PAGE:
"Not to underestimate the role of Guy Lafleur or Ken Dryden on the great Canadiens’ teams of the 1970s, but they were able to thrive at opposite ends of the ice in large part because Robinson was keeping things clean from hash marks to hash marks.
"He had the size (Big Bird played at 6-foot-4, 225 pounds) and in an era when fighting and initimidation were a key part of strategy, Robinson was a great nuclear deterrent. In 1976, with the Broad St. Bullies having won two Cups and aiming for three straight, Robinson put his stamp on the final by plastering Gary Dornhoefer of the Flyers in a 2-1 win in Game 2.
“"They had to bring in hammers and crowbars to fix the dent in the (Montreal Forum) boards,” Dryden said. “It was a symbolic moment.”
"Beginning in 1972, Robinson played 227 playoff games with 144 points. That doesn’t include all the overtime games he racked up in 17 years with the Canadiens and three more as a Los Angeles King, the shots he blocked and the penalties he played a big role in killing off. Most good teams change mode to defence come playoff time, but Robinson practiced the creed 24/7 to become a very effective player every spring."
Jennifer Conway picks the greatest goalie for the greatest time of year - Patrick Roy.
"When it comes to the playoffs, the player with the most pressure to perform is always the goalie. Right or wrong, his play is the easiest scapegoat when things go wrong and often the easiest to praise when the game is won. Not only does a goalie need incredible athletic skill, he also needs the mental toughness to withstand bad plays and soft goals, as well as a unique ability to read the play.
"Thus, I would argue that the greatest player in a playoff situation was Patrick Roy. Highly skilled, able to bounce back from almost any situation, and a dressing room leader, he set playoff records for shutouts (23), wins (151), and most playoff games for a goalie (247).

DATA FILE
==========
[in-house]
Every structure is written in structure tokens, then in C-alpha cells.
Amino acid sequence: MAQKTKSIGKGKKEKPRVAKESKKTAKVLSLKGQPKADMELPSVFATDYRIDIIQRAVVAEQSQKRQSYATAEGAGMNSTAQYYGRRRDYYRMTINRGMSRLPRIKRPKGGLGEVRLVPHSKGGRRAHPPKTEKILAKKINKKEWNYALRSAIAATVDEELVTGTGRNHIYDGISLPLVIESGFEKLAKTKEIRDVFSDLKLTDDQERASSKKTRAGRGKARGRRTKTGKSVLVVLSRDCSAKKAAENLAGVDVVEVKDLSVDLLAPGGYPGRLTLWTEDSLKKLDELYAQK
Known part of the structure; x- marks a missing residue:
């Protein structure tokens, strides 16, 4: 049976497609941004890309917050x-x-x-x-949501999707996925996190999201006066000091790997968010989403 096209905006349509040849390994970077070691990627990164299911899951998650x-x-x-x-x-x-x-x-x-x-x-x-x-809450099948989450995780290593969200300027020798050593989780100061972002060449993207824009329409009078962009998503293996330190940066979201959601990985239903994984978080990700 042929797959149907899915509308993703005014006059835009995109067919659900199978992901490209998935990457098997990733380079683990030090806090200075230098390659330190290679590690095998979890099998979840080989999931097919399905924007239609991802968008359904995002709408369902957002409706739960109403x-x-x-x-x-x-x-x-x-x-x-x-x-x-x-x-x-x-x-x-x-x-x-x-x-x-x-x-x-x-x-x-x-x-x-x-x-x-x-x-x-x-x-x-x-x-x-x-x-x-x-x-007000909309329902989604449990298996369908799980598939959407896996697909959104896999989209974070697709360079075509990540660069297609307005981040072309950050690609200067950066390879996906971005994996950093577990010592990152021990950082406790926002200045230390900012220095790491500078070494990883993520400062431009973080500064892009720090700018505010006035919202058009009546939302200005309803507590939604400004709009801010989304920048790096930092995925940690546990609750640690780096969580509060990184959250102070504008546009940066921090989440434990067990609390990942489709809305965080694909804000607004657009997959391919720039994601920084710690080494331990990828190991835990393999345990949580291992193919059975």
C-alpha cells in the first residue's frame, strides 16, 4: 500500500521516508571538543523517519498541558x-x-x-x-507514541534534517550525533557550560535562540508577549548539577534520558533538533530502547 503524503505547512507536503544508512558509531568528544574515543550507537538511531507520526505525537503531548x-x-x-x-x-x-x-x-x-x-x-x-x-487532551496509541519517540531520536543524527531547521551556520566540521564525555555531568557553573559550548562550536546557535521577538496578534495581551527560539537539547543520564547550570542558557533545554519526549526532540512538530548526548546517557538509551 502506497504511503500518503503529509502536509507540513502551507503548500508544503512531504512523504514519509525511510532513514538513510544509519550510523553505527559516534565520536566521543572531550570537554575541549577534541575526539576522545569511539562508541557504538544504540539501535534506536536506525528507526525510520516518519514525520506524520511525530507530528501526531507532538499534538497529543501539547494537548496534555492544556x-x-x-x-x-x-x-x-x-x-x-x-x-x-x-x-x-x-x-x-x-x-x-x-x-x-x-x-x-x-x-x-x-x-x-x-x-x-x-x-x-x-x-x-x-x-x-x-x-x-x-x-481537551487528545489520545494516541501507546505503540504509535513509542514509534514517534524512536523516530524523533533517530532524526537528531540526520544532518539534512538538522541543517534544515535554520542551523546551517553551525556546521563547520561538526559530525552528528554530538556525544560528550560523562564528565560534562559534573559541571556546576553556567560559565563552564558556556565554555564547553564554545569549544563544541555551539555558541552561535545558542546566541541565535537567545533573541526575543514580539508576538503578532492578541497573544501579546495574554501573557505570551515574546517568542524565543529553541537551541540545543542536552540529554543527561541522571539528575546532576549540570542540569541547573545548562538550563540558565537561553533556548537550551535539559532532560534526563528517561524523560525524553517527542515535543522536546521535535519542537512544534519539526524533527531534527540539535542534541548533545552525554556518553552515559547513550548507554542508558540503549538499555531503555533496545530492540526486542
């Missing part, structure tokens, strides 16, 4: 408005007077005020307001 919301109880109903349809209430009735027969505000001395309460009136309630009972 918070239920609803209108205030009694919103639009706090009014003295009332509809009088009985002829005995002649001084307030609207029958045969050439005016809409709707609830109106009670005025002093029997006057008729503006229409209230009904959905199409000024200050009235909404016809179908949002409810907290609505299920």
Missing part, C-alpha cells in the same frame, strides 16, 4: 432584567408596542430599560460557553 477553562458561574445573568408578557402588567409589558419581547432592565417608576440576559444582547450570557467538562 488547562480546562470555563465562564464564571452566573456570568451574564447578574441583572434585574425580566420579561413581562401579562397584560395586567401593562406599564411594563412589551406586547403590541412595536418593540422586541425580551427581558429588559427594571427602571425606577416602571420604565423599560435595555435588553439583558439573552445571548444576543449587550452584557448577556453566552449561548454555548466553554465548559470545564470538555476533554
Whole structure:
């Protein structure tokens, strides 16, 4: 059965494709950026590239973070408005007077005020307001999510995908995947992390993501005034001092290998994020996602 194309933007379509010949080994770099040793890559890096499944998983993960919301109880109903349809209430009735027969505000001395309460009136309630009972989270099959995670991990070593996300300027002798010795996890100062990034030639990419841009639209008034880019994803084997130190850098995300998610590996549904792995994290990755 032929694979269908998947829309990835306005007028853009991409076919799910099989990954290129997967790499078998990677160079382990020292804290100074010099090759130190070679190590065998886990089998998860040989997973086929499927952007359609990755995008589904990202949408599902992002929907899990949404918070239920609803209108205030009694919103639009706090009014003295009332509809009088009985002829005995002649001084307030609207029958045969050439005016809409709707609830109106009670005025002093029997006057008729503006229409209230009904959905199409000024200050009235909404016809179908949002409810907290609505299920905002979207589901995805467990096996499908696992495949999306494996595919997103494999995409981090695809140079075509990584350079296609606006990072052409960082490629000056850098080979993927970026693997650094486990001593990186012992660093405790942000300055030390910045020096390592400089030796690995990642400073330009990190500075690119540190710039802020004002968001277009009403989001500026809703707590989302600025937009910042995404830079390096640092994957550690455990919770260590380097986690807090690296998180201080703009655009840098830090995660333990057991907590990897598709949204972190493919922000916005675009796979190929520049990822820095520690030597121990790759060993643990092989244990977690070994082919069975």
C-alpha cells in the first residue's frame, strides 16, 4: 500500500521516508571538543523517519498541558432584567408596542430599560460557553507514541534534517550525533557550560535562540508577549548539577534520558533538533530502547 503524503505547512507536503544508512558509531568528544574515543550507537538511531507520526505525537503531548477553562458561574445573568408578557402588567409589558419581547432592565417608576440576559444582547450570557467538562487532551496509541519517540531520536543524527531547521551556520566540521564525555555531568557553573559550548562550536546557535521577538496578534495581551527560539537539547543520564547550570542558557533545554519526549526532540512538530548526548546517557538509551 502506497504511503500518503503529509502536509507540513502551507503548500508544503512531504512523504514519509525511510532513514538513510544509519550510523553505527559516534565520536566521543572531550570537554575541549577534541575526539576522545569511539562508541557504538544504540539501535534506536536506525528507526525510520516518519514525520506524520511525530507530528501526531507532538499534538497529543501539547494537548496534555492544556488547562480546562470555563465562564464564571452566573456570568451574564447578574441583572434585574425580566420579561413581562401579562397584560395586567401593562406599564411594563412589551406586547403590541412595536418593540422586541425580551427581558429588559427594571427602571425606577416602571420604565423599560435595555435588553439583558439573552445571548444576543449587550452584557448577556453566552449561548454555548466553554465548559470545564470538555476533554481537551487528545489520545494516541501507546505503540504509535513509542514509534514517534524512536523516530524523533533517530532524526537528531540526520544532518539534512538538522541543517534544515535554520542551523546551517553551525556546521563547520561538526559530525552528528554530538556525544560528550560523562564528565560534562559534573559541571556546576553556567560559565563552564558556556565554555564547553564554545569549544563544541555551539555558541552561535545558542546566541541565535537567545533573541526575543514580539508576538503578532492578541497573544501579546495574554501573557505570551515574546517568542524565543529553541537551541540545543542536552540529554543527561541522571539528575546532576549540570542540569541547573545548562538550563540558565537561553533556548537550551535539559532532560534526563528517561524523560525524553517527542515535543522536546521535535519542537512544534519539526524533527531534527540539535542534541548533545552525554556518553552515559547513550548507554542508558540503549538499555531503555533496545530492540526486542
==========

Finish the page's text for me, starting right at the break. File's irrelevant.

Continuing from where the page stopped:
"The youngest Conn Smythe winner ever, he proved time and time again it was no fluke. He won the Conn Smythe twice more, and helped his teams to multiple division and conference titles, as well as four Stanley Cups. Three of those Cup wins came with teams who weren’t even considered serious threats for the Cup.
"In 1993, when the Canadiens had lost the first two games to the Nordiques in the first round, Nordiques coach Dan Bouchard publicly proclaimed that his team had solved Roy. Roy responded by helping the team sweep the next four games, then complete a sweep of the Sabres, and winning the first three against the Islanders for an eleven game post-season winning streak.
"Although his team was knocked out in the first round the year after, Roy showed a dedication to his team and hockey by trying to play through appendicitis. Forced to miss Game 3, he convinced doctors to let him play the rest of the series, postponing surgery until the off-season.
"Cocky, competitive, and able to shut out distractions, there was no one else most GMs and coaches would pick to have in net in a high pressure situation.
"Patrick's among the best at waiting you out, then reacting. That patience, plus his size, makes for a pretty formidable challenge. A lot of goalies over-commit. Not him. He's so technical. If you've got a chance against Patrick, you'd better make up your mind and stay hard with whatever decision you come to. If you doubt, you play right into his hands and you are dead." - Joe Nieuwendyk, April 1998
"When he's on, he is about as good as it gets." - Detroit head coach Scotty Bowman, May 1999